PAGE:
Takahashi Kuzan (1900~1986) was born in Hokkaido and grew up in Yamagata in the Northern part of Japan. He studied shakuhachi from many of the old komuso there in the local Oshu style, as well as studying various martial arts. He traveled around Japan, studying with the masters of the various lineages of shakuhachi honkyoku, as well as studying the music of the ancient hitoyogiri, Satsuma biwa and hichiriki.
Kuzan settled in Tokyo where he opened a dojo to teach the traditional three pillars of komuso art, “teki zen ken” – shakuhachi, zazen and martial arts – as well as teaching calligraphy. He became widely renowned as a master of shakuhachi and preserver of the old traditions, and is said to have learned over 260 pieces. Some of the pieces were learned from the last remaining players and were preserved in no other lineages, in particular the honkyoku repertoire of Fusaiji in Ise (for example “Tamuke”), and repertoire of Shinobu-ryu.
Among his teachers were the great masters Miyagawa Nyozan, Okazaki Meido and Katsuura Shozan.
Miyagawa Nyozan, originally a Kyushu shakuhachi player, became a top student and colleague of Higuchi Taizan, studying Taizan’s music as well as sharing his own music with Taizan. He is known throughout the honkyoku world as the creator of the outstanding masterpiece ‘Ajikan’.
Justin had the good fortune to meet Fujiyoshi Etsuzan by chance in Tokyo – a student of Takahashi Kuzan and renowned throughout Japan as the inheritor of his tradition. After three years of waiting Justin was finally accepted as a student. His extensive studies of 44 pieces including pieces from Oshu Kei, Myoan Shimpo Ryu, Taizan Ryu and others, culminated in the precious transmission of Miyagawa Nyozan’s honkyoku Ajikan, a most difficult piece, which in this tradition and particular line of transmission is held in highest regard.
Fujiyoshi Etsuzan started shakuhachi while at University, studying briefly with Kinko Ryu Araki-ha teacher Kimura Yusai and both honkyoku and modern shakuhachi with Horii Kojiro. After meeting Takahashi Kuzan he was accepted as his student, and was so impressed that he remained with him for the next 26 years, until Kuzan’s passing. As well as studying his extensive shakuhachi repertoire, Kuzan also taught Etsuzan to play hitoyogiri, an ancient relative of Fuke shakuhachi, which Etsuzan also taught to Justin. Etsuzan is also a skilled player of shinobue (Japanese vertical flute used in traditional festival music); Korean tanso and piri; and Chinese xiao, dizi and bao.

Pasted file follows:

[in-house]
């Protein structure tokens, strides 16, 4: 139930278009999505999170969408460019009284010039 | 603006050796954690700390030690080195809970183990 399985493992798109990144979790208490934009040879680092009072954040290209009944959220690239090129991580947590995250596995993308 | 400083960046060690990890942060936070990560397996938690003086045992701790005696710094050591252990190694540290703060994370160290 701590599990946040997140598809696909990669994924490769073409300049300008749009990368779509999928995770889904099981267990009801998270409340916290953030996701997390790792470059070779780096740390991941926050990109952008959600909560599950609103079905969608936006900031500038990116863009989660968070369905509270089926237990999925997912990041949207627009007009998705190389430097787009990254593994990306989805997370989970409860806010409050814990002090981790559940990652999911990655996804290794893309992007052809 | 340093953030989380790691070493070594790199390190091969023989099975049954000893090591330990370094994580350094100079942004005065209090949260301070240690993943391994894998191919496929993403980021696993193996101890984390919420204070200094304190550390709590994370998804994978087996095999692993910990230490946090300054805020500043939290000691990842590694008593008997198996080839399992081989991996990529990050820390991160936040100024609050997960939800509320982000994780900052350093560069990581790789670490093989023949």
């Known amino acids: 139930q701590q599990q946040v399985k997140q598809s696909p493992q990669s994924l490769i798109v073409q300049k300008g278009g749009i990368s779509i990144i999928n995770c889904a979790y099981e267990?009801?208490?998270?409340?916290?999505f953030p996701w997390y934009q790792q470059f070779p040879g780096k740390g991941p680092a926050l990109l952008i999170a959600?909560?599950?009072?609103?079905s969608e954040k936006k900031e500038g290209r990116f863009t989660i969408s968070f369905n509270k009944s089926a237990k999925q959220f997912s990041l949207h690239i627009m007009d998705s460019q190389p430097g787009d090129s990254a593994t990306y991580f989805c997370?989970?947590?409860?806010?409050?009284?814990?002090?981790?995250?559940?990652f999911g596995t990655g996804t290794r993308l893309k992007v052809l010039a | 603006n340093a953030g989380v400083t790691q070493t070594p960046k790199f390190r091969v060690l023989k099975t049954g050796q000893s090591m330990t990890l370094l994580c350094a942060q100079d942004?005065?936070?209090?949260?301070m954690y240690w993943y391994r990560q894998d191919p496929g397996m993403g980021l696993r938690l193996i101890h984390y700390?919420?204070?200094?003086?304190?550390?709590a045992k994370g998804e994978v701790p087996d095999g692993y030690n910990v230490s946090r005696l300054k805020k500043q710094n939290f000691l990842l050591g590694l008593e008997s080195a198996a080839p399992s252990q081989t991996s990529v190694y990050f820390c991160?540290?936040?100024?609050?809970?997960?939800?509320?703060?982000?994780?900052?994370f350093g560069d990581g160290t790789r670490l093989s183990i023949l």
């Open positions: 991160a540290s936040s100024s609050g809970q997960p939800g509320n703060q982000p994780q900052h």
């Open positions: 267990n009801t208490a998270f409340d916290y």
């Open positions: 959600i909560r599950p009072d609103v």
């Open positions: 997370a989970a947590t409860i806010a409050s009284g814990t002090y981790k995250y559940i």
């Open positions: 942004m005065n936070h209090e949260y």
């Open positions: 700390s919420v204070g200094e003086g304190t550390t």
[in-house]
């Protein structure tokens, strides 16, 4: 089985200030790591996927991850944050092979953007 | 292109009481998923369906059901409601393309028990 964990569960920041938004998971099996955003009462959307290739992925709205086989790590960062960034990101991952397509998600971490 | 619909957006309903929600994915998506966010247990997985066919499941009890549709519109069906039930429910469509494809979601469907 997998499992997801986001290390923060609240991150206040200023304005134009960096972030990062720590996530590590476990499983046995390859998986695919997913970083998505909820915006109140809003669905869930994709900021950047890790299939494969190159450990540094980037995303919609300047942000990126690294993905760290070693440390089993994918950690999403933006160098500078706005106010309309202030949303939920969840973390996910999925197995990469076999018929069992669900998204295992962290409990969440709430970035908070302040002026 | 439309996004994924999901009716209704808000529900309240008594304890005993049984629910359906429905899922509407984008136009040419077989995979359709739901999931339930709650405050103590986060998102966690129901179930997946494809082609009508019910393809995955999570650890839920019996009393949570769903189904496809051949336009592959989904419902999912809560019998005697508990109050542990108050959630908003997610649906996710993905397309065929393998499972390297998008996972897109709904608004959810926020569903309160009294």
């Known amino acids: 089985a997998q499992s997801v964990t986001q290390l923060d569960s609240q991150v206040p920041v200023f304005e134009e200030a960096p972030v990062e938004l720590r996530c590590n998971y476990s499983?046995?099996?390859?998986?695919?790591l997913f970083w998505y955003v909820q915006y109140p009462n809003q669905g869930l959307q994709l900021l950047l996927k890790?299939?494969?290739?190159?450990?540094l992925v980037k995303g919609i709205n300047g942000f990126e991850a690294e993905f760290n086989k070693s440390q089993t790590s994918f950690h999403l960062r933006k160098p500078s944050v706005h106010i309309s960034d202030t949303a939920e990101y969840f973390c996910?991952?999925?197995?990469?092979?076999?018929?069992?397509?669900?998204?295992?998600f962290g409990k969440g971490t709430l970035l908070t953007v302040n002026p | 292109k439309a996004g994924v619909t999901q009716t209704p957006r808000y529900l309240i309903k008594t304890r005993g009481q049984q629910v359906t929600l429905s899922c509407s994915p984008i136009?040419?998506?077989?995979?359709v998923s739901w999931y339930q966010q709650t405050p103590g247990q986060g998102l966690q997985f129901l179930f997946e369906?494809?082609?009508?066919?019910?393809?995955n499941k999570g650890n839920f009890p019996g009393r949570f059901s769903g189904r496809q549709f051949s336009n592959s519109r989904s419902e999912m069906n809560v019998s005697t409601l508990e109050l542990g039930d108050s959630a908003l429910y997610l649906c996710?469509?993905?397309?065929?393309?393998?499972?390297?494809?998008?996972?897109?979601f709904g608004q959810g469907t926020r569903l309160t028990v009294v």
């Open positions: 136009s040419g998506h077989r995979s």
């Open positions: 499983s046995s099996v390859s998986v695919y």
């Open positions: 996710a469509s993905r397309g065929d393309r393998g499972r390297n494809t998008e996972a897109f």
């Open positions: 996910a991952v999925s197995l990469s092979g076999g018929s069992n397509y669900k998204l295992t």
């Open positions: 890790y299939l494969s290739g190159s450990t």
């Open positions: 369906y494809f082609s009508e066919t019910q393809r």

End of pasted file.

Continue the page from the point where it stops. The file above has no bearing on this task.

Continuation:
The chart below shows the transmission of music within this lineage. Lineage charts in Japanese culture often show only the main teacher of each individual. The main teacher is regarded as the most important, and indeed often students would be expected to refrain from studying under any other teacher. This relationship is known as ‘shitei kankei’. However, although today it is usual for students to have only one teacher, the reality of the history of honkyoku transmission has been far more complex, many players having gained their honkyoku repertoires from a number or teachers; from friends; and at times even from their own students. (See for example Yamaue Getsuzan, Watazumi and Jin Nyodo).
This chart therefore details both the main teachers, such as Miyagawa Nyozan’s main teacher being Higuchi Taizan, and Fujiyoshi Etsuzan’s main teacher being Takahashi Kuzan; and secondary teachers, such as Takahashi Kuzan learning Oshu pieces from Okazaki Meido, and Fujiyoshi Etsuzan learning several honkyoku, in particular Jimbo Sanya, from Horii Kojiro. In this way we can see how the regional styles gathered together to form the precious repertoire of this lineage.
For added clarity, the teachers from whom Takahashi Kuzan studied have been coloured in red.